As the fifth largest city in the world, it should come as no surprise that Istanbul has to deal with large volumes of waste, Carsten says, producing upwards of six million tonnes of solid municipal waste each year.
“Six international consortia participated in the tender, before HZI and Makyol were awarded the contact including operations and maintenance of the facility for a minimum of one year in September 2017,” Carsten says.
“The tender evaluation was based on techno-economical parameters, for example, considering the investment and operations costs, but also the overall efficiency of the facility.”
The planning process for a facility of this scale is similar to a standard WtE plant, Carsten says, with differences more apparent during execution.
“We approached our design for this facility like we would any other WtE plant – we just scaled it up. Once construction is complete, however, everything will become bigger and faster,” he says.
The facility’s core technology components include a moving combustion gate, boiler design and efficient flue gas treatment systems. This combination of components is an example of HZI’s thermal WtE process, which Carsten says represents an efficient, environmentally sound solution for modern cities.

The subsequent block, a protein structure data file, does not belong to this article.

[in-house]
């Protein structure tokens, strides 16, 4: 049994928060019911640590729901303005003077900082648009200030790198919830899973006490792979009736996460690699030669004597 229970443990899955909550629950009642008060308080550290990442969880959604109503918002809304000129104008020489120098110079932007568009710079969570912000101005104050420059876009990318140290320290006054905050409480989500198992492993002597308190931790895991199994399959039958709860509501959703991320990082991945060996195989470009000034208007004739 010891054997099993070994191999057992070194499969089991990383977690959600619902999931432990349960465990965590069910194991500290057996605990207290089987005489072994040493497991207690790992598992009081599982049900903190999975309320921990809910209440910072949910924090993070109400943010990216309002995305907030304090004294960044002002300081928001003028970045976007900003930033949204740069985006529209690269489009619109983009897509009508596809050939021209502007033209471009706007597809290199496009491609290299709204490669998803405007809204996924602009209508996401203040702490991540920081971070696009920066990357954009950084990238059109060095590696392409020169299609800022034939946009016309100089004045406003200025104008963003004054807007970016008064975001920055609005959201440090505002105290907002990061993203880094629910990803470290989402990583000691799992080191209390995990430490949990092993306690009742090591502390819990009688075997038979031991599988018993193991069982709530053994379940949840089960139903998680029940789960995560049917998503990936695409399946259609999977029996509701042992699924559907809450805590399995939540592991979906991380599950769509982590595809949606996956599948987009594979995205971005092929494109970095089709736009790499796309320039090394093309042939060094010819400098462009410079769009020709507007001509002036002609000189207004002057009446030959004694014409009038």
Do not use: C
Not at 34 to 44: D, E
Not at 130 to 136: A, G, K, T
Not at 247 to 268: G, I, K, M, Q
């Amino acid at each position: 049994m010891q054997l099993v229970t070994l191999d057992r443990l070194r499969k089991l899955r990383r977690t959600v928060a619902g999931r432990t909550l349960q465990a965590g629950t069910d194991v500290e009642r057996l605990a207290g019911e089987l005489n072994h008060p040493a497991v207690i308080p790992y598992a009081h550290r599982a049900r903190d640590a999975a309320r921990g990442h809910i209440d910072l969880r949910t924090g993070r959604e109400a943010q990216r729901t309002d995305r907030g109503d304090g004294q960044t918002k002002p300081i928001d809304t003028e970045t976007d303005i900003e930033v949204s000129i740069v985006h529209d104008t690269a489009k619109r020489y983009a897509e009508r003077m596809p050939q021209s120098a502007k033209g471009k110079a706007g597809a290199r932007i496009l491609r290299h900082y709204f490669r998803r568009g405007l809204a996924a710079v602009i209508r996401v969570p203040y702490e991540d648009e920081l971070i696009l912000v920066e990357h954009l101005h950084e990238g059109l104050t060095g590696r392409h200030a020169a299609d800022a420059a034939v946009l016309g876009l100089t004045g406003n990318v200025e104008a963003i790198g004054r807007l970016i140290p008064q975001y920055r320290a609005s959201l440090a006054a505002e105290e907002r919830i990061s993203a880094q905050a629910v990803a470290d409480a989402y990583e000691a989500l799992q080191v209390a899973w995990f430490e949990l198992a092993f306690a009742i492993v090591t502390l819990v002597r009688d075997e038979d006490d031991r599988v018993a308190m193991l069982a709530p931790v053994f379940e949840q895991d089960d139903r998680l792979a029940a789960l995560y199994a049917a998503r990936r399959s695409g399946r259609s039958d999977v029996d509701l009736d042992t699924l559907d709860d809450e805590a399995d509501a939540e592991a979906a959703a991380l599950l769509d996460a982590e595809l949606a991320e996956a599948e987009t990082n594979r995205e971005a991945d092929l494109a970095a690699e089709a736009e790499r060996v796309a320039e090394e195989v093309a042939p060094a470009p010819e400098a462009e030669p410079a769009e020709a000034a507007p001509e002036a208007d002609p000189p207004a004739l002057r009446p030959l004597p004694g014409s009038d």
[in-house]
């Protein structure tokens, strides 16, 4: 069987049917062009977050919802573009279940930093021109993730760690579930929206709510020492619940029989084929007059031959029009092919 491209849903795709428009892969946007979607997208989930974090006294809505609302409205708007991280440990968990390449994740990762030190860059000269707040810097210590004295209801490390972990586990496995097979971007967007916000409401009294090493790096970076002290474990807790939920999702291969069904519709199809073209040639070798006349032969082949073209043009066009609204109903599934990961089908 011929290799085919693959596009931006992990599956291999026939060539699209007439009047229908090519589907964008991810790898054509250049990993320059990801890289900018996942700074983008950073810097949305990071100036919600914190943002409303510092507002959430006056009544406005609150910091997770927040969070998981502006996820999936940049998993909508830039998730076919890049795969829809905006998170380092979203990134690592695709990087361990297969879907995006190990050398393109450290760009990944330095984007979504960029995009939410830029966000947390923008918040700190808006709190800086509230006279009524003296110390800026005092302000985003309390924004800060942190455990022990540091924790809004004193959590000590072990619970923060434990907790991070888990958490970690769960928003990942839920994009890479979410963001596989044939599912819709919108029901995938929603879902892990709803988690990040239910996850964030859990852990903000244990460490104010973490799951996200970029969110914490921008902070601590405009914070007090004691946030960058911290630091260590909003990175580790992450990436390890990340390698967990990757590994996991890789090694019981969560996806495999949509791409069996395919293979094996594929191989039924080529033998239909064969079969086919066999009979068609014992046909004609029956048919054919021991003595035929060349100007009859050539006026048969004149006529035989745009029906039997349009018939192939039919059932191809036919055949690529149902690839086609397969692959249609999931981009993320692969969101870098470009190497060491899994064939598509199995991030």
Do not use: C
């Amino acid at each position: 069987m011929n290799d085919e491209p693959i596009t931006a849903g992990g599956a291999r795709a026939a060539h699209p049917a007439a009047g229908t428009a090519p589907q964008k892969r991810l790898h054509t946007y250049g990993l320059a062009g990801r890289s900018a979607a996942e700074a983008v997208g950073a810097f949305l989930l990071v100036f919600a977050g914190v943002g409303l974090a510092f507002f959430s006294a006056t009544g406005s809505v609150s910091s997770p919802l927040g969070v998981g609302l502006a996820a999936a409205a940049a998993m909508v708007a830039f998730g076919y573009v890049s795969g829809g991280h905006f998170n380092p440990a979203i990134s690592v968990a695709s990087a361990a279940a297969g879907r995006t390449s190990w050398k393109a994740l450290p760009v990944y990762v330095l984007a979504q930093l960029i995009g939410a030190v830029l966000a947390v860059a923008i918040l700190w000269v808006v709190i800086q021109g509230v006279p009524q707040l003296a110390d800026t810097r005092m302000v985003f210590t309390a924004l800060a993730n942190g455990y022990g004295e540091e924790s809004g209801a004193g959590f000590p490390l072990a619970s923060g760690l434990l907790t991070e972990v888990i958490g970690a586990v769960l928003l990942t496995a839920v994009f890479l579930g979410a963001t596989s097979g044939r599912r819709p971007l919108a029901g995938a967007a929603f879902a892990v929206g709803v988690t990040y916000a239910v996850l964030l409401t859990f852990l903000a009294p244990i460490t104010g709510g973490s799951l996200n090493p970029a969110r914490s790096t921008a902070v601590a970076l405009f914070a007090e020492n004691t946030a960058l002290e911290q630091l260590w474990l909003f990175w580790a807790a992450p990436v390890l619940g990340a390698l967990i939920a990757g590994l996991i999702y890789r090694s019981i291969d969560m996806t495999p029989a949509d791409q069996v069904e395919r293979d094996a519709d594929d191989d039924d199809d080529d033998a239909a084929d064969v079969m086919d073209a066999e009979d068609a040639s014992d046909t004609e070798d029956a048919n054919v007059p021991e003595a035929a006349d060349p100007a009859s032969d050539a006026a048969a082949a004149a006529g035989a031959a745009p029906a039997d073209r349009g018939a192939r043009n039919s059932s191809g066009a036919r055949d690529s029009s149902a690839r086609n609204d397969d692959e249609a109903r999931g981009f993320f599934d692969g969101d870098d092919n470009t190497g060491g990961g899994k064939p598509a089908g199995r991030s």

“Waste is delivered to the site and stored in a bunker, before a crane both thoroughly mixes and feeds the waste into a feed hooper. From there, material is pushed onto the grate by a ram feeder,” Carsten says.
“A fully integrated control system ensures stable and efficient operation and optimised fire position on the grate. Upon combustion completion, the remaining inert ashes fall into the bottom ash extractor. From there, they’re taken to a bunker or storage area for metals recovery.”
Gases released from the waste are mixed with secondary air and recirculated flue gases above the grate, Carsten says.
He adds that this process assures complete combustion and lowers carbon monoxide, nitrous oxides, and volatile organics emissions.
“The recirculation of flue gases also increases the plant’s energy efficiency,” he says.
Released energy is then used to produce superheated steam, Carsten explains, which is expanded in a turbine generator to produce electricity. Following this, flue gases are cleaned to strictest standards, and constantly monitored before being released at the stack.
All electricity produced at the site will be exported to the national electricity grid via 154-kilo volt substations at Tasoluk and Habibler, villages northwest of Istanbul. Carsten says technical controls will be installed to meet all EU Industrial Emissions Directives.
According to Carsten, over 20 per cent of the facilities components will be sourced in Turkey from local businesses.
He adds that construction is, and will continue to be, carried out exclusively by local workers.
This, he says, highlights HZI’s commitment to engaging and supporting the communities in which they operate.
“HZI strived to maximise the local scope of the supply chain in Turkey,” he says.